About the Tupelo Tree and Making Tupelo Honey
The tupelo tree is part of the Nyssaceae family, a group of trees highly tolerant of wet soils and flooding. The tupelo tree grows mainly in the Apalachicola River Basin of Northwest Florida. The swamp-like conditions of the river provide the perfect environment for the tupelo tree. This small growing location in the southeast United States contributes to the rarity of tupelo honey.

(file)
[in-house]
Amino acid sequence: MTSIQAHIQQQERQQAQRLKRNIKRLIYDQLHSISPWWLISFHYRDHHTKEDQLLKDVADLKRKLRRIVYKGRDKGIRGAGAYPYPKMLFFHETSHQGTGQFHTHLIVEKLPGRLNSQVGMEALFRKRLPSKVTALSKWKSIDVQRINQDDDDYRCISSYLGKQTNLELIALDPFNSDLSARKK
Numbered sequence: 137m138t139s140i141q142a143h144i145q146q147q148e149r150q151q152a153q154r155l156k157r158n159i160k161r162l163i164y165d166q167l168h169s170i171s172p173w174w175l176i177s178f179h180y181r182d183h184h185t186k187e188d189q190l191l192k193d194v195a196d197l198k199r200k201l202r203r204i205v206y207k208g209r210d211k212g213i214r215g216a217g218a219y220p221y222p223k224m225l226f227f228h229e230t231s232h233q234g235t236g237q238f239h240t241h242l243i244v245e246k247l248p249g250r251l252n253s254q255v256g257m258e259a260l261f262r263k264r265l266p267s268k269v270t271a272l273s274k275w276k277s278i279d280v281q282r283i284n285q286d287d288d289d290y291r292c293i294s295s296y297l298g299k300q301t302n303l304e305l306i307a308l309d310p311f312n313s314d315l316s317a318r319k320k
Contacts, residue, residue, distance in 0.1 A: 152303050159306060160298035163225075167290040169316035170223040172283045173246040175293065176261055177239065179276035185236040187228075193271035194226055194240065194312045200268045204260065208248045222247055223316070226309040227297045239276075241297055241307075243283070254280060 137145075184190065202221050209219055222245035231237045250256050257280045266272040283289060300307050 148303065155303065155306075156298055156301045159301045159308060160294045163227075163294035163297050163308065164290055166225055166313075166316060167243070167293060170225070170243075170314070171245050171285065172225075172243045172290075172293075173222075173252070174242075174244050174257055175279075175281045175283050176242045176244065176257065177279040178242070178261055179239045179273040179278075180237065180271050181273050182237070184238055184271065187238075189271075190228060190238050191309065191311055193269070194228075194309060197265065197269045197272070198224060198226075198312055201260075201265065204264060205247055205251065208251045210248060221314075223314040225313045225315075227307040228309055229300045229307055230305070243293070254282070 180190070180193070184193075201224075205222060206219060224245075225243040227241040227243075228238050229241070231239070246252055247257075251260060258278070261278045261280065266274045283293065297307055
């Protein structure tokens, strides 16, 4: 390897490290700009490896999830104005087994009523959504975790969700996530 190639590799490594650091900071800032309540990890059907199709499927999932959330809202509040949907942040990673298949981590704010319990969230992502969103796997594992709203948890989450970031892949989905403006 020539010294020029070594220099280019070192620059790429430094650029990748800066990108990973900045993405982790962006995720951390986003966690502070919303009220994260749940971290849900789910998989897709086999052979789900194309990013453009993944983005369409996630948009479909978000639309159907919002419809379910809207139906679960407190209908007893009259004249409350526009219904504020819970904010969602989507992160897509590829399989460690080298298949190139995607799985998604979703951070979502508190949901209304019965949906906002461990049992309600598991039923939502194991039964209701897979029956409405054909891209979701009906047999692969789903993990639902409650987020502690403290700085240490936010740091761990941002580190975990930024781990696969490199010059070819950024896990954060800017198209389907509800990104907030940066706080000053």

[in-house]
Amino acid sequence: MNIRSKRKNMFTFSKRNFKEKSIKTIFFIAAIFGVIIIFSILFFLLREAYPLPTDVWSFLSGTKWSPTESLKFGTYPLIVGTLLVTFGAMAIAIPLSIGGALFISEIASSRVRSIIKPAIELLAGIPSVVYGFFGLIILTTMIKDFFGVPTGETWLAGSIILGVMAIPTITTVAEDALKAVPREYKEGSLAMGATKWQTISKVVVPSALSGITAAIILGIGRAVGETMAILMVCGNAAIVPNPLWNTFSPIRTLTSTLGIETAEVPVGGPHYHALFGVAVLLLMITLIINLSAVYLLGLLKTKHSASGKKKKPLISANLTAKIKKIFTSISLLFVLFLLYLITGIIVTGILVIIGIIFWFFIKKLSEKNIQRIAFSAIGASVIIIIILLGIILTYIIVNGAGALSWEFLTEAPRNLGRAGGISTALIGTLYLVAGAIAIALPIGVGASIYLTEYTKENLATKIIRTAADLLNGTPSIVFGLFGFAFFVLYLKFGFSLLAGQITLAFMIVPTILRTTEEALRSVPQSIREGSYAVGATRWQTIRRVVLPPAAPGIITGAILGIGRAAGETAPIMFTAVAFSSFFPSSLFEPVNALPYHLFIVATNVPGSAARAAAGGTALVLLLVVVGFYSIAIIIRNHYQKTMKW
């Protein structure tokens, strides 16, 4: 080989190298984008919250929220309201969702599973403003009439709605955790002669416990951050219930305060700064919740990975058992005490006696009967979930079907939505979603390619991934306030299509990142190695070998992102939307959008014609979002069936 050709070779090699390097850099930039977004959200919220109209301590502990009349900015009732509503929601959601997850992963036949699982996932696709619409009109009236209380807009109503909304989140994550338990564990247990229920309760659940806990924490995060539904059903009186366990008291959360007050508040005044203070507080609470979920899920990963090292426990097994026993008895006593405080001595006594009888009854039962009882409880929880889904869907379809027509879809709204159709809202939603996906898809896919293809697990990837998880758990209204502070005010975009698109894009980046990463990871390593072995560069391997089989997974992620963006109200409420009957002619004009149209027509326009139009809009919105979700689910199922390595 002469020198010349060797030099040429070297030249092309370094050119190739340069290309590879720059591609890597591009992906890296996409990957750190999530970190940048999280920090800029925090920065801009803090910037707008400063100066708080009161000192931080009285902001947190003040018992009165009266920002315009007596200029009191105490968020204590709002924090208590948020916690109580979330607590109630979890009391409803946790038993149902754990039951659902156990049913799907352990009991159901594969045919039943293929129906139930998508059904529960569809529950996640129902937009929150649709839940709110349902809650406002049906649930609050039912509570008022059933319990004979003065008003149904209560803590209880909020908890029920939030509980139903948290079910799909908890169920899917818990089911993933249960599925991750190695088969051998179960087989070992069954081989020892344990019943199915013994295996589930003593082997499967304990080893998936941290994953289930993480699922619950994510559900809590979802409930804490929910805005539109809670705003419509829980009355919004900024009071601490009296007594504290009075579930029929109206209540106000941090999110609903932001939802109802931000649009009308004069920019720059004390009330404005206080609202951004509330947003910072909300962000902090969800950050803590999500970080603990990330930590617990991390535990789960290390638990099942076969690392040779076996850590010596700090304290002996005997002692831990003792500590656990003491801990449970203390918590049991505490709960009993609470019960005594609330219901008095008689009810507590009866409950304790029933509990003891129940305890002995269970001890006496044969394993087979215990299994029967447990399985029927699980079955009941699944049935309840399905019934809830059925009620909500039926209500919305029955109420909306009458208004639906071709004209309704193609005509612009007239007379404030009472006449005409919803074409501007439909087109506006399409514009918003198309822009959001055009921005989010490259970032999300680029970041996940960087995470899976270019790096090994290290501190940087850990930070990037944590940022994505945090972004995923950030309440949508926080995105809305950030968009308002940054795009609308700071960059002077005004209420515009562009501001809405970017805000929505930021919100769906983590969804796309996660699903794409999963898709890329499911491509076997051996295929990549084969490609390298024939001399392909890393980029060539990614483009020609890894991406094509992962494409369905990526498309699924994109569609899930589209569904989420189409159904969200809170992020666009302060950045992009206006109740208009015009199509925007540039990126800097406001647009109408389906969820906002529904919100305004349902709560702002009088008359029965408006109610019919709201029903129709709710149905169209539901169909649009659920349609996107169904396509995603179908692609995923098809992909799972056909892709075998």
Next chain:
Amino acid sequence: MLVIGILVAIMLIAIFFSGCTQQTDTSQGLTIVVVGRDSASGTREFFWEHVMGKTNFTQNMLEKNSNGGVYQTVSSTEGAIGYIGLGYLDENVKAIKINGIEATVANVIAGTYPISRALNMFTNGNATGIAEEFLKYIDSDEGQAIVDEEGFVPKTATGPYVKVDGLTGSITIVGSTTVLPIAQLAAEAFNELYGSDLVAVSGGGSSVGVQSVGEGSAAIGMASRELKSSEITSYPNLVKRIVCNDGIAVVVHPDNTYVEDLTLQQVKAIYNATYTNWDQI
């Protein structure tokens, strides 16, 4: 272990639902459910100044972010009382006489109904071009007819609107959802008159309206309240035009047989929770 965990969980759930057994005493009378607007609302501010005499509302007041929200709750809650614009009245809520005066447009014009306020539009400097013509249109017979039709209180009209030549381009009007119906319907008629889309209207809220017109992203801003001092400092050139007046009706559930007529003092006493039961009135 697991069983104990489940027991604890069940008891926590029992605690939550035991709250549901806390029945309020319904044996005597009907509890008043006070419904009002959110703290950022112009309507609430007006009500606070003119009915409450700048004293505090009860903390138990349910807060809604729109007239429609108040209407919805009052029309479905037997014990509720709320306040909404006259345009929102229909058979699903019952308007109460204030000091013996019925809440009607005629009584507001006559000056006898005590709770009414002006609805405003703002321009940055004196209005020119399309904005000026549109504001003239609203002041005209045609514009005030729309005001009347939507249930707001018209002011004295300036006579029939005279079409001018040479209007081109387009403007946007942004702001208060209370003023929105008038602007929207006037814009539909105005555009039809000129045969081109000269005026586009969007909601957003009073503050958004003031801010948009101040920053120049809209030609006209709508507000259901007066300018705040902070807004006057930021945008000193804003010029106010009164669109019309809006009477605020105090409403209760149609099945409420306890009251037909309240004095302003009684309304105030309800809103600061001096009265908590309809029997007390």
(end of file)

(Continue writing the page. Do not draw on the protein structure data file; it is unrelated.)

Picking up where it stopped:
The tree itself has deep, watery roots and beautiful, glossy green foliage. In the fall, the leaves change to shades of orange, yellow, bright red, scarlet, and purple. In the spring, the tupelo tree only blooms for about one to two weeks, making the harvest period for tupelo honey very short. To gather pure tupelo honey, beekeepers have to keep their hives on platforms or floats because of the swampy environment of the Apalachicola River Basin.